China’s Global Gold Supply "Game of Stones"
David H. Smith
China has a 4-way global gold supply domination strategy. And it’s starting to corner the market.
First, China buys physical gold in world markets, fabricates it where necessary into “good delivery” bars – in Switzerland or the Middle East – then ships the bullion, transparently through Hong Kong or Shanghai (or quietly through Beijing and other ports of entry).
Second, it keeps virtually all domestically mined gold “in house.”
Third, China partners with or buys high grade, in-situ gold (and silver) projects around the globe. One of the most well-known recent actions has involved negotiations to partner with Barrick Gold on its massive cost-overrun-plagued Pascua Lama project, which straddles the Chilean-Argentine border.
When this event takes place, it will become evident to the world’s financial players that, as Rickards so poignantly remarks, China’s true gold reserves will have become “a dagger pointed at the heart of the dollar.”
Most Westerners fail to appreciate the methodology by which China has traditionally pursued – and often successfully achieved – its geopolitical ends.
China’s strategies are oriented from the perspective of many years or even decades, unlike Western governments, who often judge success or failure based upon quarterly or annual progress reports. They are not likely to be concerned if the Pascua Lama project is not in production 10 years from now. They know that the gold – and silver is in the ground, so it’s just a question of when – not if – they can acquire a substantial amount, adding it to their continually-growing stash.
China Is “Surrounding” the Global Gold Supply
In the figure above, a situation known as “seki” or “mutual life” has taken place. The player with the black stones – labeled here as the Chinese currency, the Yuan, has positioned in such a way that if its opponent moves first – in this case, the U.S. dollar, he will be captured.
This Go board move offers an excellent analogy for the U.S. dollar competition with the Chinese Yuan. In order to be “dethroned,” the dollar does not have to be eliminated from global currency completion. It may not be necessary for China – using chess terminology – to fully checkmate the dollar. Instead, simply relegating it to “first among equals” might be enough to effectively cripple its historic full-spectrum functionality, because at that point, the Federal Reserve would no longer have the ability to issue unlimited, un-backed, U.S. dollar-denominated debt instruments.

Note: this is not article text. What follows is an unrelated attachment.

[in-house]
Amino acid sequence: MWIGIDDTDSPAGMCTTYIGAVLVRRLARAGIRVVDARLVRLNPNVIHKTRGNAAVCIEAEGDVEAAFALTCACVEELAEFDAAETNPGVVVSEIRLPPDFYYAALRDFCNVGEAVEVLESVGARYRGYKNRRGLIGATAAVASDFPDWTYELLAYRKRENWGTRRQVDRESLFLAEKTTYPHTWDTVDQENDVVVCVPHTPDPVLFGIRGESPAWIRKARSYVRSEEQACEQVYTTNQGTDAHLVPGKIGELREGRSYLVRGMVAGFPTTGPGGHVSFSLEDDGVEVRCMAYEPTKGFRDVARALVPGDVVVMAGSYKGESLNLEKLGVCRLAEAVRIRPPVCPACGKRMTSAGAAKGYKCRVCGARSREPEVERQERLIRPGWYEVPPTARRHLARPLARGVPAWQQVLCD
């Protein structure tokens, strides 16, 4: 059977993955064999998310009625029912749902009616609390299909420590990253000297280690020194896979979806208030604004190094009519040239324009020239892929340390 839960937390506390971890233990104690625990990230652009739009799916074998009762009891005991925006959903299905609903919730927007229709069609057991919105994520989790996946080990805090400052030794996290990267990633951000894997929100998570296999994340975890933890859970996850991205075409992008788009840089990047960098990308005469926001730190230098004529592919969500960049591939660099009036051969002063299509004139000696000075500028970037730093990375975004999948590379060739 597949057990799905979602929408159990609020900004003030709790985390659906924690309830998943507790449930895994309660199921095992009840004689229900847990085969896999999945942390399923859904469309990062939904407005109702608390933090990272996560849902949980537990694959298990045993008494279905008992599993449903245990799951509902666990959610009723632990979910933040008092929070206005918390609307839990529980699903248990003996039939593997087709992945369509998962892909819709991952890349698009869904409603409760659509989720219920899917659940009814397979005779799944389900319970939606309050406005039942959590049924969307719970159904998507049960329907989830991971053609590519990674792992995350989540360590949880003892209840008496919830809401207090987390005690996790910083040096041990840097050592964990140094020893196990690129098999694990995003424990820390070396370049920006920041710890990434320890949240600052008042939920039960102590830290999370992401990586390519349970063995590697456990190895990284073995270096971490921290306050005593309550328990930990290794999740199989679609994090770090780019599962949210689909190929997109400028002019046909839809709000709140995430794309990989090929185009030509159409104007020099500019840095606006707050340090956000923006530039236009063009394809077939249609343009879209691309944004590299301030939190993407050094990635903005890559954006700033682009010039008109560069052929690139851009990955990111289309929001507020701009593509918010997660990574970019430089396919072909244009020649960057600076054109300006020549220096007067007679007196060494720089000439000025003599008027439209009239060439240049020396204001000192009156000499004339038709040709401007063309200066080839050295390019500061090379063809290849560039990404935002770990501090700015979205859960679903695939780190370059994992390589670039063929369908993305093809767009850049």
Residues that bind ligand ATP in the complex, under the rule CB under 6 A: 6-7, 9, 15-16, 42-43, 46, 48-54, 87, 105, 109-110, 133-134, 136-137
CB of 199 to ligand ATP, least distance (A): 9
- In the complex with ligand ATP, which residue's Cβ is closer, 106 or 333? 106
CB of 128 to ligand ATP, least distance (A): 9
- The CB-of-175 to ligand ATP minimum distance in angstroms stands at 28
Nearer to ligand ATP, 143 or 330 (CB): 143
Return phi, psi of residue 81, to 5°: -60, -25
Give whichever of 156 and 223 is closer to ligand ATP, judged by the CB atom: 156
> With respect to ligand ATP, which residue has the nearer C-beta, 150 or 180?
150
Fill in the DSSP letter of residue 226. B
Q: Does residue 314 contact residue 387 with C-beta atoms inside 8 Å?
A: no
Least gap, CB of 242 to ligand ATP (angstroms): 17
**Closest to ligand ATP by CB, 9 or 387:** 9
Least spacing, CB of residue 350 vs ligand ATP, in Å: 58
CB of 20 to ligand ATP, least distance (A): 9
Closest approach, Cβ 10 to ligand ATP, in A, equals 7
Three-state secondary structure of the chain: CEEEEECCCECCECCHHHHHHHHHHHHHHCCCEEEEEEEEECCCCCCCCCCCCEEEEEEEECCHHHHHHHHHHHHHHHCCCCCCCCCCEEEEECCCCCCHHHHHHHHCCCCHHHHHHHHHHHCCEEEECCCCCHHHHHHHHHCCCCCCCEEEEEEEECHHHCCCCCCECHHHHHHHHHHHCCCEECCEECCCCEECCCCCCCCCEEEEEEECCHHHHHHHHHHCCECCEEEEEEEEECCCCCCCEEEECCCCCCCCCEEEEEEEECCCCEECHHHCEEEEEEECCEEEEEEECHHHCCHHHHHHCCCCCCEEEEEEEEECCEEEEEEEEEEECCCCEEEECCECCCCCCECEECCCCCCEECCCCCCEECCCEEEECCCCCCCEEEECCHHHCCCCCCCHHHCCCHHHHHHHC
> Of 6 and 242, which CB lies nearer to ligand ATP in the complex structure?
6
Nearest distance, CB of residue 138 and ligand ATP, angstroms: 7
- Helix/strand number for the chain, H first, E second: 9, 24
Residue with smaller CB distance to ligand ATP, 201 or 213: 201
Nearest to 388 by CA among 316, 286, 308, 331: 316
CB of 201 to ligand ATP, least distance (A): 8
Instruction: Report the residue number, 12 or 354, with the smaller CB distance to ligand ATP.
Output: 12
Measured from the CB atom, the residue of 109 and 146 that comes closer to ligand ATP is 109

A Game of Stones and Silk
“Surrounding” global gold production is just one aspect of China’s grand strategy for achieving political and economic dominance in Central Asia and beyond. The revitalization of modern-day trade routes, throughout direct spheres of influence, integrated with connections into Europe – once known as The Silk Road – is well underway.
Think of this term as a plural. These “roads” will see Chinese companies investing along their paths in dozens of countries, a significance that is almost impossible to overestimate. Pepe Escobar, the roving correspondent for Asia Times/Hong Kong, describes it this way:
The Yiwu-Madrid route across Eurasia represents the beginning of a set of game-changing developments. It will be an efficient logistics channel of incredible length. It will represent geopolitics with a human touch, knitting together small traders and huge markets across a vast landmass. It’s already a graphic example of Eurasian integration on the go. And most of all, it’s the first building block on China’s ‘New Silk Road,’ conceivably the project of the new century and undoubtedly the greatest trade story in the world for the next decade.
The progression of China’s Go game strategy – and rising affluence among Asian nations which enables them to buy increasing amounts of gold and silver – are all positive factors supporting higher precious metals prices.
When push finally comes to shove, David Galland of Casey Research seems to have nailed it when he said, “The dollar is headed toward the sacrificial altar, with a knife made of gold. Sooner or later, the central bankers will have to throw in the towel, and just let gold run.”
When that happens, the only question – other than trying to find some metal to buy – will be “How high is high?” Having enough gold and silver within arms’ reach before then may be one of the best decisions you can make.
David H. Smith
David Smith is Senior Analyst for TheMorganReport.com and is a regular contributor to MoneyMetals.com. For the last 15 years, he has investigated precious metals mines and exploration sites all over Argentina, Chile, Mexico, China, Canada, and the U.S. and shared his findings and investment wisdom with readers, radio listeners, and audiences at North American investment conferences.